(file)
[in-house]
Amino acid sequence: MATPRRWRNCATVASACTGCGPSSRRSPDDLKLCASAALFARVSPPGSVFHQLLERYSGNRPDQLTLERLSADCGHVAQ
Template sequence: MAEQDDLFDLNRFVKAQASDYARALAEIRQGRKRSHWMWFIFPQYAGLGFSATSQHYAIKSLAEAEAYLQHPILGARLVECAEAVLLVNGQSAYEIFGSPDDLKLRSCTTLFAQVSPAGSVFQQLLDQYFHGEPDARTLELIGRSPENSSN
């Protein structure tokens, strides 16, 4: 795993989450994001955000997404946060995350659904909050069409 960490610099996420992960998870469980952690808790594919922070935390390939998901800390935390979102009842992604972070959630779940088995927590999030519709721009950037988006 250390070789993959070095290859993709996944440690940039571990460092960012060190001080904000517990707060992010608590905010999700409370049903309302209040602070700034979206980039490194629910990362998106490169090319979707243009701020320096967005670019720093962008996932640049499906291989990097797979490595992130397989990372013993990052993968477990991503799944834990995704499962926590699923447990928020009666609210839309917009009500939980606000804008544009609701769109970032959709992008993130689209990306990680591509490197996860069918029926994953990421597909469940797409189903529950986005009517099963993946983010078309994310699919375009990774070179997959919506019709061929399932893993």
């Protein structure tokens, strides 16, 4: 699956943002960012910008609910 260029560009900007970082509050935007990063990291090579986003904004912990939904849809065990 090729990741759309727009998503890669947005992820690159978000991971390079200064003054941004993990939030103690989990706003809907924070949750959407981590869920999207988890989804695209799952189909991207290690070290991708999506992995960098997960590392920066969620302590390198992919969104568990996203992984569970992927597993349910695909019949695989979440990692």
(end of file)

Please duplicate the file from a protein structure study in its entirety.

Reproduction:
[in-house]
Amino acid sequence: MATPRRWRNCATVASACTGCGPSSRRSPDDLKLCASAALFARVSPPGSVFHQLLERYSGNRPDQLTLERLSADCGHVAQ
Template sequence: MAEQDDLFDLNRFVKAQASDYARALAEIRQGRKRSHWMWFIFPQYAGLGFSATSQHYAIKSLAEAEAYLQHPILGARLVECAEAVLLVNGQSAYEIFGSPDDLKLRSCTTLFAQVSPAGSVFQQLLDQYFHGEPDARTLELIGRSPENSSN
């Protein structure tokens, strides 16, 4: 795993989450994001955000997404946060995350659904909050069409 960490610099996420992960998870469980952690808790594919922070935390390939998901800390935390979102009842992604972070959630779940088995927590999030519709721009950037988006 250390070789993959070095290859993709996944440690940039571990460092960012060190001080904000517990707060992010608590905010999700409370049903309302209040602070700034979206980039490194629910990362998106490169090319979707243009701020320096967005670019720093962008996932640049499906291989990097797979490595992130397989990372013993990052993968477990991503799944834990995704499962926590699923447990928020009666609210839309917009009500939980606000804008544009609701769109970032959709992008993130689209990306990680591509490197996860069918029926994953990421597909469940797409189903529950986005009517099963993946983010078309994310699919375009990774070179997959919506019709061929399932893993």
């Protein structure tokens, strides 16, 4: 699956943002960012910008609910 260029560009900007970082509050935007990063990291090579986003904004912990939904849809065990 090729990741759309727009998503890669947005992820690159978000991971390079200064003054941004993990939030103690989990706003809907924070949750959407981590869920999207988890989804695209799952189909991207290690070290991708999506992995960098997960590392920066969620302590390198992919969104568990996203992984569970992927597993349910695909019949695989979440990692």